People often observe that each year of life
seems to pass more quickly than the last.
This appears to be a consequence of the fact
that each passing year becomes an increasingly
smaller fraction of a person’s lifetime.
For example, for a one-year old infant,
a period of a year represents an entire lifetime,
while, for a person 80-years old, the same
period of a year occurs as a mere fraction,
or one-eightieth, of ones’ lifetime.
With each succeeding year of life,
the period of a year represents
a constantly decreasing portion
of one’s lifetime, creating the
perception that life itself
There is evidence that the human
species has evolved from the oceans.
Our veins are filled with salt-water.
Our lungs appear to be formed
from a system of gill-like slits.
Slowly, over a long period of time,
our mammalian ancestors emerged
from the oceans to populate the land.
Some mammals, such as whales,
were forced to return to the ocean,
presumably because of their great size
which ultimately became more of a liability
on land than in the buoyancy of the sea.
Many species of fish eventually return
to the streams where they were born.
Some fish, such as salmon,
after swimming thousands
of miles over a virtual lifetime,
return to the exact spot
where there eggs were deposited and hatched.
Humans have remained on land, and have
roamed the oceans only with the assistance
of hydro-navigational equipment.
In all races and cultures, humans find the need
to return to their place of birth, to where they
grew up as a child, where they spent their
This tendency gets stronger with age, and
probably represents the origins of what is
commonly referred to as nostalgia.
It is quite possible that the sensations and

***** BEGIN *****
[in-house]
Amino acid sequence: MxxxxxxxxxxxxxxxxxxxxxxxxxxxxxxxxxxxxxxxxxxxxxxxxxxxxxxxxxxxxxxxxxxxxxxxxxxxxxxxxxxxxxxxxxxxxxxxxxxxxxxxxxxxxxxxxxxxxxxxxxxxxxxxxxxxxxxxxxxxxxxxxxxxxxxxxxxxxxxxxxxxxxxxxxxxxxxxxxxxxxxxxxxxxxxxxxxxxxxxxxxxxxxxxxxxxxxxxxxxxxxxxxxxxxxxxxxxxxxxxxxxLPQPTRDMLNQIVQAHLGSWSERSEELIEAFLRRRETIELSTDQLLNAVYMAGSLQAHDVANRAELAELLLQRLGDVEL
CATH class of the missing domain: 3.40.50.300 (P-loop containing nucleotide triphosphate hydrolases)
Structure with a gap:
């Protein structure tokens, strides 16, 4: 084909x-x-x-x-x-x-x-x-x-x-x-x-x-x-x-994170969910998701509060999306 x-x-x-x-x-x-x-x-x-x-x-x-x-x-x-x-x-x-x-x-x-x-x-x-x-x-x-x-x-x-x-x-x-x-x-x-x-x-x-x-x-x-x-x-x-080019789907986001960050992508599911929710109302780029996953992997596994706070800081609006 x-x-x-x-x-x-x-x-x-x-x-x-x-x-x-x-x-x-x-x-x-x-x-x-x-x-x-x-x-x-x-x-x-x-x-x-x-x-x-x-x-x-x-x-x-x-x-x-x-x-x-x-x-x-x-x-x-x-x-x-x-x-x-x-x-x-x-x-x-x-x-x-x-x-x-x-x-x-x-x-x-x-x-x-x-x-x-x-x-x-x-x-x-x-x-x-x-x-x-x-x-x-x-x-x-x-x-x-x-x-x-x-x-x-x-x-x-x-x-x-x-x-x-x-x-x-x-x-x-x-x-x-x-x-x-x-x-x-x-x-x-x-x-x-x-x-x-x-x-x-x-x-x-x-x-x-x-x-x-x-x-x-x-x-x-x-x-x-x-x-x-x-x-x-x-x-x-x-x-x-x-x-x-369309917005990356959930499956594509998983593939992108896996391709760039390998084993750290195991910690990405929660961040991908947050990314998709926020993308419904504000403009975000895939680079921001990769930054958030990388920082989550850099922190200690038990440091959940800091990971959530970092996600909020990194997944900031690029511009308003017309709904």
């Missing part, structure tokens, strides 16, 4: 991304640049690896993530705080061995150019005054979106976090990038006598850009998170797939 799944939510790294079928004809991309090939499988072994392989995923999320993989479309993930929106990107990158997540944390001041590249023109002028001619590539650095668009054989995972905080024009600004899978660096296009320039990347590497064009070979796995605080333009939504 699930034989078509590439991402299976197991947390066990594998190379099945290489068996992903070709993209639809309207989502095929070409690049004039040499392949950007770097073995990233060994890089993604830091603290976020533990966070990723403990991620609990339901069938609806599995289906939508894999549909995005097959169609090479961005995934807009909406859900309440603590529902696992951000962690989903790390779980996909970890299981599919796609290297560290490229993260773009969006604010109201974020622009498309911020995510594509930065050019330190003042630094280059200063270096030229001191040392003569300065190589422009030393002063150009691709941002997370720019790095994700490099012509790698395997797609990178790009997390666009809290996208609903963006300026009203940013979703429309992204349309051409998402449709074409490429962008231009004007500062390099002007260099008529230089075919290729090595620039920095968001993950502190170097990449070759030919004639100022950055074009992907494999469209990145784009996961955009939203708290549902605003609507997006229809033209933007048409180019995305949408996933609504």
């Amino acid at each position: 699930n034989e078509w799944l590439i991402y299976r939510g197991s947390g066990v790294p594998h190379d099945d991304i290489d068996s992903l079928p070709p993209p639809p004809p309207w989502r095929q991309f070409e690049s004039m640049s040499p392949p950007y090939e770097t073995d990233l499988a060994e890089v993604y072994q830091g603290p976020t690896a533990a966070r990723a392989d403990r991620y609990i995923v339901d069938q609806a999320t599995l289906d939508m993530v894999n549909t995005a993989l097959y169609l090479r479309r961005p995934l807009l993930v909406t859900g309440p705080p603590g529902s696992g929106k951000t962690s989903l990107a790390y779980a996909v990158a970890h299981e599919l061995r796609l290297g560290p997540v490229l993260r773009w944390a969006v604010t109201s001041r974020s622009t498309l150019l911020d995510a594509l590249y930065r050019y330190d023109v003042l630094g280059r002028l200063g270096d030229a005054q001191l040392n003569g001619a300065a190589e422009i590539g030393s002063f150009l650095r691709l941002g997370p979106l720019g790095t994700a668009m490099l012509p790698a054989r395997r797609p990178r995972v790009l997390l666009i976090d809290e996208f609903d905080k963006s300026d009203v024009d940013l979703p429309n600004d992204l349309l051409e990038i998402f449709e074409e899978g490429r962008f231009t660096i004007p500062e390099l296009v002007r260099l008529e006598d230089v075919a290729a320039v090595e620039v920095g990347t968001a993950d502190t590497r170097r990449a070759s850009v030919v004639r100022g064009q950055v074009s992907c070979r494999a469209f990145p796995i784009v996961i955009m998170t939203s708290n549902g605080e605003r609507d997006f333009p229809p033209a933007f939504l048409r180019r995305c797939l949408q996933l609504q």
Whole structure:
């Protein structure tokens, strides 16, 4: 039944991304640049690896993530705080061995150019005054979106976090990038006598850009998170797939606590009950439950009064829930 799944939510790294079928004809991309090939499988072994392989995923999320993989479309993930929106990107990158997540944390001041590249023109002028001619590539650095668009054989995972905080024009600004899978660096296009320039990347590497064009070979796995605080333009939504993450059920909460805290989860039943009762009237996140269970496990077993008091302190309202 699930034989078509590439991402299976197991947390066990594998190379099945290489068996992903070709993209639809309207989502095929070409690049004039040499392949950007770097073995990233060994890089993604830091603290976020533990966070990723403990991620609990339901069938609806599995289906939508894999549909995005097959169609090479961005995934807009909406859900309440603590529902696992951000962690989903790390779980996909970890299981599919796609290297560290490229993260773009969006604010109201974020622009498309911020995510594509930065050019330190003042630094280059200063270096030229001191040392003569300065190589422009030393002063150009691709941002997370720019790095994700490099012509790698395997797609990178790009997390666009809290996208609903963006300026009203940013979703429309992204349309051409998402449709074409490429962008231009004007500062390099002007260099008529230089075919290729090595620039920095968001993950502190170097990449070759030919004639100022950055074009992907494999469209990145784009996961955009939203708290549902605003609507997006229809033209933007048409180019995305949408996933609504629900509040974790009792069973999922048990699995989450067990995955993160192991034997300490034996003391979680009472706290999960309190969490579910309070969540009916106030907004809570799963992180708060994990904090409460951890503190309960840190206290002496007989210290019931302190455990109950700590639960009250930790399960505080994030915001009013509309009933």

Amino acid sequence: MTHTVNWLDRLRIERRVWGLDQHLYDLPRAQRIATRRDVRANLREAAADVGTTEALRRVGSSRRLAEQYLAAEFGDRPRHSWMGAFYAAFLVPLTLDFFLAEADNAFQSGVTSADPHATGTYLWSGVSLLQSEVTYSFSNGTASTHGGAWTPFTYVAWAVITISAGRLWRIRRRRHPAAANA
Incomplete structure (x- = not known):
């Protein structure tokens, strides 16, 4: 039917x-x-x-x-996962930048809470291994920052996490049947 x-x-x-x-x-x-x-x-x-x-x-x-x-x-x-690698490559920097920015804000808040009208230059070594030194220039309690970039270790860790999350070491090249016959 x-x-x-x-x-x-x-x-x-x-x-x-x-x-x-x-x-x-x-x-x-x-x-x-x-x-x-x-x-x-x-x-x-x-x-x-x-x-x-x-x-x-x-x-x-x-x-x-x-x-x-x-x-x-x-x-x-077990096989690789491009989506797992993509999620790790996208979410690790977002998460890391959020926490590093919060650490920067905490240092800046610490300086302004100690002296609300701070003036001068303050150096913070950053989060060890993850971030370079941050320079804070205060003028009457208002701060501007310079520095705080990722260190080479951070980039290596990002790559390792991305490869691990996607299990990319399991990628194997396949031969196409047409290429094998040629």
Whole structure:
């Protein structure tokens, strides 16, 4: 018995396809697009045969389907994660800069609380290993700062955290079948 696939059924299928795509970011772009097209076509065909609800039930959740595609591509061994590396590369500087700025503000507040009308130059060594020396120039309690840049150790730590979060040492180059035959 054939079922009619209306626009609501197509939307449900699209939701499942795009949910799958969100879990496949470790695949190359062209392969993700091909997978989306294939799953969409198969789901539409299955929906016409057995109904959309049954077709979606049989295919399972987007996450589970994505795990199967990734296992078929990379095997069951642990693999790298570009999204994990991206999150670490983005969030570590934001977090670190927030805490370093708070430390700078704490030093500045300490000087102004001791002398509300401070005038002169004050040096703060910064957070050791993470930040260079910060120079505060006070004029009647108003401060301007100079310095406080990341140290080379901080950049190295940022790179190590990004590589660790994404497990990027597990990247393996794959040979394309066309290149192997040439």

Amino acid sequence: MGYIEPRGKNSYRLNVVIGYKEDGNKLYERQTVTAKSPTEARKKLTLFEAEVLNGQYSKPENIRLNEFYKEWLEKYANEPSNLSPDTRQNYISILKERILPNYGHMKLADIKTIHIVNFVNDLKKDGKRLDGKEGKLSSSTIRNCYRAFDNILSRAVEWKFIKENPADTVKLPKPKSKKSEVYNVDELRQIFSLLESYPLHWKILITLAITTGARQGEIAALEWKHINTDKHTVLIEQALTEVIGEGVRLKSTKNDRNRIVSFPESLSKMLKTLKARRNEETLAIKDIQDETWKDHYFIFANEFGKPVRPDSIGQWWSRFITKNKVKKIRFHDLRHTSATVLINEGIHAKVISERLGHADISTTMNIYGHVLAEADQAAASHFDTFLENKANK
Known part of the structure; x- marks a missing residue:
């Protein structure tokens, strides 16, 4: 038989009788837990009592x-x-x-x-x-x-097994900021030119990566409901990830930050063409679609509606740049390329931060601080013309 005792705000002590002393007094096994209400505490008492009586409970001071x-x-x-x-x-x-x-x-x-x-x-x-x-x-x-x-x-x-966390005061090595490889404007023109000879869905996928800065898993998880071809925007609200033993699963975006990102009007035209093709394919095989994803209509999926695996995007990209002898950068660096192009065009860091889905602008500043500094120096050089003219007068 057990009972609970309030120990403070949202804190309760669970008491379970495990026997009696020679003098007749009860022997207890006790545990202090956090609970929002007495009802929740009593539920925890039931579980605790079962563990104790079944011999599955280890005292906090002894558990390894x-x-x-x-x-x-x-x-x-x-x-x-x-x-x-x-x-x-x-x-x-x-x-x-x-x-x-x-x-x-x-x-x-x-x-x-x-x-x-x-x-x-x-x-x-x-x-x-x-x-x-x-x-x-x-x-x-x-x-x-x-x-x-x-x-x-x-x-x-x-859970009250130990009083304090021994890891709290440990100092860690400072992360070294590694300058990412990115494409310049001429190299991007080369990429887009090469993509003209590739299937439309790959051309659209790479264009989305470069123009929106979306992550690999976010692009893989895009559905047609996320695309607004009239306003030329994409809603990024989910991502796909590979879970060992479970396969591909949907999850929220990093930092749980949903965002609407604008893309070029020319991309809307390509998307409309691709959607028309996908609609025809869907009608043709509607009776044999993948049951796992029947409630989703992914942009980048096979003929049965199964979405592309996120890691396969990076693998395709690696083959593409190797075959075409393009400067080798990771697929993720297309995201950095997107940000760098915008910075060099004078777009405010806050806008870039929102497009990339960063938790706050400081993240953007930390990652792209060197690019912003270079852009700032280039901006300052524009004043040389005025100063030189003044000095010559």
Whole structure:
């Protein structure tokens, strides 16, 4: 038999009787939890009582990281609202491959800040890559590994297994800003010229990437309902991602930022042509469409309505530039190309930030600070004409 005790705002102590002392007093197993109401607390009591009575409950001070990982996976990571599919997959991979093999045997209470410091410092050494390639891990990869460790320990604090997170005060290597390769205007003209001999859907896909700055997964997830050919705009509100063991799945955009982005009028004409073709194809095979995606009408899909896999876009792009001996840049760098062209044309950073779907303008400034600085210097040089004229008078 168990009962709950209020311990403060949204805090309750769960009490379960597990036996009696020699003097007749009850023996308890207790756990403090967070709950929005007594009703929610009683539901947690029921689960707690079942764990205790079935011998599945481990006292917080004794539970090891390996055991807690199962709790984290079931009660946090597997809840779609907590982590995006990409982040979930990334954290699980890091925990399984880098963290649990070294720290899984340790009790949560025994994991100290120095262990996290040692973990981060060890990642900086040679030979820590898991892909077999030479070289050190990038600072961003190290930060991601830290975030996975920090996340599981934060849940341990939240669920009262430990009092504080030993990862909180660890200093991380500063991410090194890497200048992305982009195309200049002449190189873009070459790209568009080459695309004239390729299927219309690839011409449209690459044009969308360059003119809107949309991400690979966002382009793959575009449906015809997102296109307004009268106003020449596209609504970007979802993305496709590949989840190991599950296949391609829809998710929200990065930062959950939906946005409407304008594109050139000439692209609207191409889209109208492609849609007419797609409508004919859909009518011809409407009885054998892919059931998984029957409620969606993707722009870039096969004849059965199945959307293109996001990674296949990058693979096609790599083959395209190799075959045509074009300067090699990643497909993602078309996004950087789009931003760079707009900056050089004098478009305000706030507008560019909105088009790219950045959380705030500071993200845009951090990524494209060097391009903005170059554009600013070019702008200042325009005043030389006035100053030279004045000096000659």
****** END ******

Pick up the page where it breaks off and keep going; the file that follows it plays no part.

feelings associated with nostalgia are a
by-product, or side-effect of this most
basic instinct, an inherent tendency
to return to our beginnings, directly
traceable to the millions of years which
we spent as creatures of the oceans.
NOW AND WHEN
What time is it?
She said: ‘it feels like midnight, psychological time.’
He said: ‘it is 4.7 billion years, geological time.’
She said: ‘a three-quarter moon, lunar time.’
He waited, then said: ‘the technological age, historical time.’
She said, with longing: ‘soon enough, social time.’
He remembered: ‘it may be 30,000 years after the birth of modern civilization, evolutionary time.’
She paced herself, saying: ‘perhaps it is current standard time.’
He said, ‘you mean based on Coordinated Universal Time as opposed to a national uniform time, referred to in International Legal Time, and determined by measuring the distance east or west of Greenwich, England.’
She considered his remark before saying: ‘it could be that we are at the beginning of a new cycle of development, biological time.’
He shifted position, then said: ‘we may not know for a million light-years, astronomical time, or even for the amount of time it takes light to reach the Earth from the optical limit of the universe.’
She reflected, ‘It may have happened already.’
He experienced a delayed reaction: ‘it is something we may only be able to observe experimentally within a billionth of a second, atomic time.’
She said, ‘It may begin today or tonight, Earth time, or when lightning strikes a dry forest, geophysical time.’
He said, ‘or at least before the next 26 million-year mass extinction cycle, geospheric time. Or perhaps after the next ice age.’
She anticipated his last remark, saying: ‘it’s late, cultural time.’
He timed it perfectly. ‘Let’s synchronize.’
She said, ‘when?’
He said, ‘Now.’
– J. H.